> > meaningful productive work done. Equally as important we also need to
> > be able to recognize and help people who are use to scientific debates
> > to form a thicker skin about it if they are over reacting to comments
> > made during a debate. To accomplish both of these task we need people
> > to report if they feel they are being verbally assaulted or physically
> > threatened for no reliant reason and look at each incident and
> > evaluate it because part of the community has gotten out of hand.
> > For example a few years ago while at a bar a member of NYBUG asked me
> > to come out side and have a cigaret with him, as soon as we got out
> > side he started pressing his finger into my chest and treated me never
> > call him on his bull shit ever again.
> I've had my share of run ins with people from the BSD group and I think
> ... I don't know. there is something deeply wrong with most of them.
> It is hard to create a community and even harder in NYC, for reasons
> I've never understood.
> We grew up with pick up baseball and sports and I can't get people to
> come to meetings that are in their best interest, and only the craziest
> ones show up...
> > Now those weren't quite the
> > words he used but it definitely was a threat. Considering where and
> > how I grew up his threats didn't scare me a bit they only made me very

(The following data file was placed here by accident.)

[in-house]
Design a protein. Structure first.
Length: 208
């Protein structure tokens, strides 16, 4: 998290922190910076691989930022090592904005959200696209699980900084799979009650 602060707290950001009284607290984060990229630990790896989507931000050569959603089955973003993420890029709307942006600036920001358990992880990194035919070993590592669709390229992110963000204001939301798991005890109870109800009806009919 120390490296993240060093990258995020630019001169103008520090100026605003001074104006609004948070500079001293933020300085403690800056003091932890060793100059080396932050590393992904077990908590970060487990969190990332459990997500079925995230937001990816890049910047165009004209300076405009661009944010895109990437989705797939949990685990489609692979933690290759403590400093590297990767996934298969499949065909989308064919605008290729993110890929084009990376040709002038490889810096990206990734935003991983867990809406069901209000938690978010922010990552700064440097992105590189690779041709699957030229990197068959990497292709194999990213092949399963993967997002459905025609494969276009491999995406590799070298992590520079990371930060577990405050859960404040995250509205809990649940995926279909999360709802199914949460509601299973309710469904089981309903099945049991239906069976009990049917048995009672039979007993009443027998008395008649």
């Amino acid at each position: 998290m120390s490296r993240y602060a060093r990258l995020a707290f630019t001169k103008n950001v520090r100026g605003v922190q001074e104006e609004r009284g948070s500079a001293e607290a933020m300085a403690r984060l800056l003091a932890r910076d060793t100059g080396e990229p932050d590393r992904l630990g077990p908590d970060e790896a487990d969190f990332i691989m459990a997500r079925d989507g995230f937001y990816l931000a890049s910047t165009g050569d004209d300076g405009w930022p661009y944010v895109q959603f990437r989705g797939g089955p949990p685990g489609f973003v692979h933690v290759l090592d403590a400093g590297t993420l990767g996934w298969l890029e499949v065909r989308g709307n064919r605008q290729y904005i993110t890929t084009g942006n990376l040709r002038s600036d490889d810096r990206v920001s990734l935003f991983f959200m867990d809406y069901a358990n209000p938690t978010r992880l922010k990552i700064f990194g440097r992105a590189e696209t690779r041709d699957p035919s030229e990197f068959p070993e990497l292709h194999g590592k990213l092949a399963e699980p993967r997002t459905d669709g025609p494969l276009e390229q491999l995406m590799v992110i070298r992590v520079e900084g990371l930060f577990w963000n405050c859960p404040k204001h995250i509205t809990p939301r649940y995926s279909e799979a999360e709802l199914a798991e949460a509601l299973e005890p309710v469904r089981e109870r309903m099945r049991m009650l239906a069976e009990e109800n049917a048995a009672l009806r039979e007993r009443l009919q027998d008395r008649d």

> > angry and still do, but I can see how others would be scared because
> > he could be considered by many a physically imposing and the setup
> > seemed a little too practiced I am positive he has done it to others
> > as well. now some people may be ask what started this well essentially
> > he was telling a story about something that happened at one of the NYC
> > Linux world expos where he made himself sound like the only sane
> > person involved and was badmouthing a lot of good people. I guess he
> > forgot I was there involved in the entire situation and a know it was
> > the exact opposite of what he claimed. As a result I didn't insult him
> > but I did verbally knock him down a peg by telling the group some of
> > what really happens and told him to stop insulting friend of mine he
> > doesn't really know. his response was to get me someplace with no one
> > around and threaten physical violence.
> > This kind of behavior is nuts and has no place in our community!
> Anyway, this is still just a means to set up rules to confine the
> brewing conflicts that have spilled into the kernels list and nearly
> everywhere else in the GNU/Linux world as systemd proponents
> relentlessly look for levers to turn.
> > here is the actual statement in
> > https://git.kernel.org/cgit/linux/kernel/git/torvalds/linux.git/tree/Documentation/CodeOfConflict?id=b0bc65729070b9cbdbb53ff042984a3c545a0e34
> > "
> > Code of Conflict
> > ----------------
> > The Linux kernel development effort is a very personal process compared
> > to "traditional" ways of developing software. Your code and ideas
> > behind it will be carefully reviewed, often resulting in critique and
> > criticism. The review will almost always require improvements to the
> > code before it can be included in the kernel. Know that this happens